Grayson County is prepared for swift water rescue

Published: Apr. 28, 2021 at 11:02 PM CDT
Email This Link
Share on Pinterest
Share on LinkedIn

GRAYSON COUNTY, Texas (KXII) - During the severe weather season, Texoma sees just how dangerous it can be when mother nature strikes.

One underrated danger that comes with all this rain is flooding.

“The slogan is turn around don’t drown but that really is serious we want to make sure that if you see any roadway with water on it that you turn around and find another route,” Allison said.

Samantha Allison is the assistant Emergency management coordinator for Grayson County, she said she and her team will be watching the radar and road conditions very closely Wednesday night as the storm passes through.

“It takes a very very small amount of running water to move a vehicle so we recommend regardless of the type of vehicle that if you see any water covering a roadway that you turn around,” Allison said.

Allison and her team work with volunteer fire departments, EMS, Police, and the Sheriff’s Office in Grayson County to give reports of water on roadways.

Whitesboro Fire Department has a swift water rescue truck that two of their team members built for high water rescue missions.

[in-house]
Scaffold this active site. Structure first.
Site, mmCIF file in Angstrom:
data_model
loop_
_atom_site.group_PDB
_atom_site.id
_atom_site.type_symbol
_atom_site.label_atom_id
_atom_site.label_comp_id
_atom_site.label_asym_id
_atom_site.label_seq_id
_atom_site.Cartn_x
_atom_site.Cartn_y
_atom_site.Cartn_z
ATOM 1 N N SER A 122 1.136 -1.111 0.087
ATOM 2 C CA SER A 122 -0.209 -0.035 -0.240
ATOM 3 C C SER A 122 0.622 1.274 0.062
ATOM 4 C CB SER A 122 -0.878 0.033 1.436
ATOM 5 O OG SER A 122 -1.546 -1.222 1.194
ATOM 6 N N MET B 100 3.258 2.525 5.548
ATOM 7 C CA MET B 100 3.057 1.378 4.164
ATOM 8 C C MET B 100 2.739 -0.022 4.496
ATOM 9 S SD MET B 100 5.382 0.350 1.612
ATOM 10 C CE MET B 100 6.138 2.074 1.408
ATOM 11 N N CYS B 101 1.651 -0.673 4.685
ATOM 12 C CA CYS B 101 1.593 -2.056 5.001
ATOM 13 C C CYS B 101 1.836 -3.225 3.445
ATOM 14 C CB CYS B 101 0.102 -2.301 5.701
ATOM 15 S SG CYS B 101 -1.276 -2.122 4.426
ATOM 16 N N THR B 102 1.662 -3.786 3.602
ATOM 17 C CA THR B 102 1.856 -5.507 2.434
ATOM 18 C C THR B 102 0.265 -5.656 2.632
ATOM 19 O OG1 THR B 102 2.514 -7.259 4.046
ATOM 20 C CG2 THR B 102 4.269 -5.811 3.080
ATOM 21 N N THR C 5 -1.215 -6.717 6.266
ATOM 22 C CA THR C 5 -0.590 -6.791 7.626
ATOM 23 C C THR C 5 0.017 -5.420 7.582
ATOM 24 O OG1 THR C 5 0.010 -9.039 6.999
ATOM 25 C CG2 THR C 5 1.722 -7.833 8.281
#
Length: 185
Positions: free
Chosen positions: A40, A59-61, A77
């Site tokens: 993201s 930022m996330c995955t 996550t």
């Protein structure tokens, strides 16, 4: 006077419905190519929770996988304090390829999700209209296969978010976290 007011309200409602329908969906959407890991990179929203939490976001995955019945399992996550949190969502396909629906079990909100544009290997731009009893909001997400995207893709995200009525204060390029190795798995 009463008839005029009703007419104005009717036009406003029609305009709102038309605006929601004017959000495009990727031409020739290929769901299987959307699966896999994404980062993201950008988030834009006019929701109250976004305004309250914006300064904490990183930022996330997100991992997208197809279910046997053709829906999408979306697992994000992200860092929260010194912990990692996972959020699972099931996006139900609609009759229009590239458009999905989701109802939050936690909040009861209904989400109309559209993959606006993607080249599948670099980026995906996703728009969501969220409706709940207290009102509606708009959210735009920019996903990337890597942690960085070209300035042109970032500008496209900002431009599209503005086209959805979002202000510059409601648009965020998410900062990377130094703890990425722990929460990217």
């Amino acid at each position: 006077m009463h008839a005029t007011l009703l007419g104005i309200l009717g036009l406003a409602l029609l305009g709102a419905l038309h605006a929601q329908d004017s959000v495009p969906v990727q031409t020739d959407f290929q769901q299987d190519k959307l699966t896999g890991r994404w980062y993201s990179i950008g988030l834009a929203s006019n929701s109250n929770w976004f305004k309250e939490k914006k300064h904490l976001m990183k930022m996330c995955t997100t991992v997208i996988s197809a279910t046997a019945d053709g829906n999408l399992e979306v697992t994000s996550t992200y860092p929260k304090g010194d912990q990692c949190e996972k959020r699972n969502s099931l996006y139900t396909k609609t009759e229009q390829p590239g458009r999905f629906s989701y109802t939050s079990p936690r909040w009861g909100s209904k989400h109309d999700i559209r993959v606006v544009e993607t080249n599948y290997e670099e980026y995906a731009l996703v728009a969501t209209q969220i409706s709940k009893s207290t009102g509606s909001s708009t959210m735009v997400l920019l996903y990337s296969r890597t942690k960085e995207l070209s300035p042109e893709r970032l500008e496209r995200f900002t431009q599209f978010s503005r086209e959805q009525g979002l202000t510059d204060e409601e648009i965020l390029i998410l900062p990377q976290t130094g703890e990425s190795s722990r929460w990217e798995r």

“It’s just all case by case, water is just like fire it’s really hard to tell you know we preplan some areas in our district to know if water gets high there then we know what to do,” Whitesboro Firefighter EMT and Assistant Fire Marshal for Whitesboro Levi McDowell said.

On a typical water rescue mission the Whitesboro Fire Department will take their swift water rescue truck with three people on board, one being the driver and two that will go out and rescue.

McDowell said since January of this year, they only had to rescue two people in swift water situations and none in the month of April.

Even if you’re not headed out, Allison encourages everyone to enroll in a warning system, like Grayson County’s code red warning system, and to check in with the local news on weather advisories to be safe.

“On this job you don’t really try to think of the danger side of it or for me personally it doesn’t really cross my mind what I’m about to do is dangerous it’s just a matter of that person needs help and whatever we can do to help them is what we are going to do,” McDowell said.

McDowell said that if you do get caught in high water to not panic, but act quickly to call for help, and they will take it from there.

Copyright 2021 KXII. All rights reserved.